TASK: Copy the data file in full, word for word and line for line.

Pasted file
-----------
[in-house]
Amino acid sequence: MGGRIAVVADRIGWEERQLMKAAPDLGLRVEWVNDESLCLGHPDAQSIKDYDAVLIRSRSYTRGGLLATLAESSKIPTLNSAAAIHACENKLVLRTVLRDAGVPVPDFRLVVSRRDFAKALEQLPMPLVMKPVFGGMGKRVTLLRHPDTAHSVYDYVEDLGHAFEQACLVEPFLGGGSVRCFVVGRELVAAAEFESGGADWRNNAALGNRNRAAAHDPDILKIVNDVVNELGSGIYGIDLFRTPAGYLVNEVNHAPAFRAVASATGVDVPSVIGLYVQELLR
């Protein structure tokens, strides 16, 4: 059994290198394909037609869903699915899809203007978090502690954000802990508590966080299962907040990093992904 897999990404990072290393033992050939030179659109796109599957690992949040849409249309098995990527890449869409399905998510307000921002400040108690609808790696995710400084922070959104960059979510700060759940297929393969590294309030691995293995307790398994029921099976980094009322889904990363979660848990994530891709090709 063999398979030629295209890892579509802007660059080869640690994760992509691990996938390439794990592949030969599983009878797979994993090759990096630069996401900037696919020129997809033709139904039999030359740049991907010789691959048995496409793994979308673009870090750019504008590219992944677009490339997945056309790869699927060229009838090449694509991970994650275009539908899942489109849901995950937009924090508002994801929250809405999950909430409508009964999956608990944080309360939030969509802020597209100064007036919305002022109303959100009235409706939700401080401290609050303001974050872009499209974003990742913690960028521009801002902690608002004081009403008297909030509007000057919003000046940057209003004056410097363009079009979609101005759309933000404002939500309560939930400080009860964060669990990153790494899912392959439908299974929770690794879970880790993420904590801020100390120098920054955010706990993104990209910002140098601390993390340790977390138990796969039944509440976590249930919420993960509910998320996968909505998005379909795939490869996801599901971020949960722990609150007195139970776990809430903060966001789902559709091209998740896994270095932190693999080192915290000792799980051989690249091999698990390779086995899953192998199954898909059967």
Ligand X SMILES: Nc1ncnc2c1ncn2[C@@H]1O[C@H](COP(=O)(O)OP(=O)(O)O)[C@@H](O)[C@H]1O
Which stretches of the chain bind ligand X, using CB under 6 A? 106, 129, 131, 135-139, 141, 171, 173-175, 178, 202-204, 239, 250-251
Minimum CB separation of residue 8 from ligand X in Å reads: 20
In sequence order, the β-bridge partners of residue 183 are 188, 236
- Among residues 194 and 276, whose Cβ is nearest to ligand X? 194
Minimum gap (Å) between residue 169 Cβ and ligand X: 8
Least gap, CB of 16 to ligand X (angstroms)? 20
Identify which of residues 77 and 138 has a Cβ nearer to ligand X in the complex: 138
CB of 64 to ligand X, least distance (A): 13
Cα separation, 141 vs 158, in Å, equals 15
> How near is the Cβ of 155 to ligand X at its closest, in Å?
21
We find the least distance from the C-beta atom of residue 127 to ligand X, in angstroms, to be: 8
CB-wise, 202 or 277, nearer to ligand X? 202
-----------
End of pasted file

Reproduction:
[in-house]
Amino acid sequence: MGGRIAVVADRIGWEERQLMKAAPDLGLRVEWVNDESLCLGHPDAQSIKDYDAVLIRSRSYTRGGLLATLAESSKIPTLNSAAAIHACENKLVLRTVLRDAGVPVPDFRLVVSRRDFAKALEQLPMPLVMKPVFGGMGKRVTLLRHPDTAHSVYDYVEDLGHAFEQACLVEPFLGGGSVRCFVVGRELVAAAEFESGGADWRNNAALGNRNRAAAHDPDILKIVNDVVNELGSGIYGIDLFRTPAGYLVNEVNHAPAFRAVASATGVDVPSVIGLYVQELLR
């Protein structure tokens, strides 16, 4: 059994290198394909037609869903699915899809203007978090502690954000802990508590966080299962907040990093992904 897999990404990072290393033992050939030179659109796109599957690992949040849409249309098995990527890449869409399905998510307000921002400040108690609808790696995710400084922070959104960059979510700060759940297929393969590294309030691995293995307790398994029921099976980094009322889904990363979660848990994530891709090709 063999398979030629295209890892579509802007660059080869640690994760992509691990996938390439794990592949030969599983009878797979994993090759990096630069996401900037696919020129997809033709139904039999030359740049991907010789691959048995496409793994979308673009870090750019504008590219992944677009490339997945056309790869699927060229009838090449694509991970994650275009539908899942489109849901995950937009924090508002994801929250809405999950909430409508009964999956608990944080309360939030969509802020597209100064007036919305002022109303959100009235409706939700401080401290609050303001974050872009499209974003990742913690960028521009801002902690608002004081009403008297909030509007000057919003000046940057209003004056410097363009079009979609101005759309933000404002939500309560939930400080009860964060669990990153790494899912392959439908299974929770690794879970880790993420904590801020100390120098920054955010706990993104990209910002140098601390993390340790977390138990796969039944509440976590249930919420993960509910998320996968909505998005379909795939490869996801599901971020949960722990609150007195139970776990809430903060966001789902559709091209998740896994270095932190693999080192915290000792799980051989690249091999698990390779086995899953192998199954898909059967």
Ligand X SMILES: Nc1ncnc2c1ncn2[C@@H]1O[C@H](COP(=O)(O)OP(=O)(O)O)[C@@H](O)[C@H]1O
Which stretches of the chain bind ligand X, using CB under 6 A? 106, 129, 131, 135-139, 141, 171, 173-175, 178, 202-204, 239, 250-251
Minimum CB separation of residue 8 from ligand X in Å reads: 20
In sequence order, the β-bridge partners of residue 183 are 188, 236
- Among residues 194 and 276, whose Cβ is nearest to ligand X? 194
Minimum gap (Å) between residue 169 Cβ and ligand X: 8
Least gap, CB of 16 to ligand X (angstroms)? 20
Identify which of residues 77 and 138 has a Cβ nearer to ligand X in the complex: 138
CB of 64 to ligand X, least distance (A): 13
Cα separation, 141 vs 158, in Å, equals 15
> How near is the Cβ of 155 to ligand X at its closest, in Å?
21
We find the least distance from the C-beta atom of residue 127 to ligand X, in angstroms, to be: 8
CB-wise, 202 or 277, nearer to ligand X? 202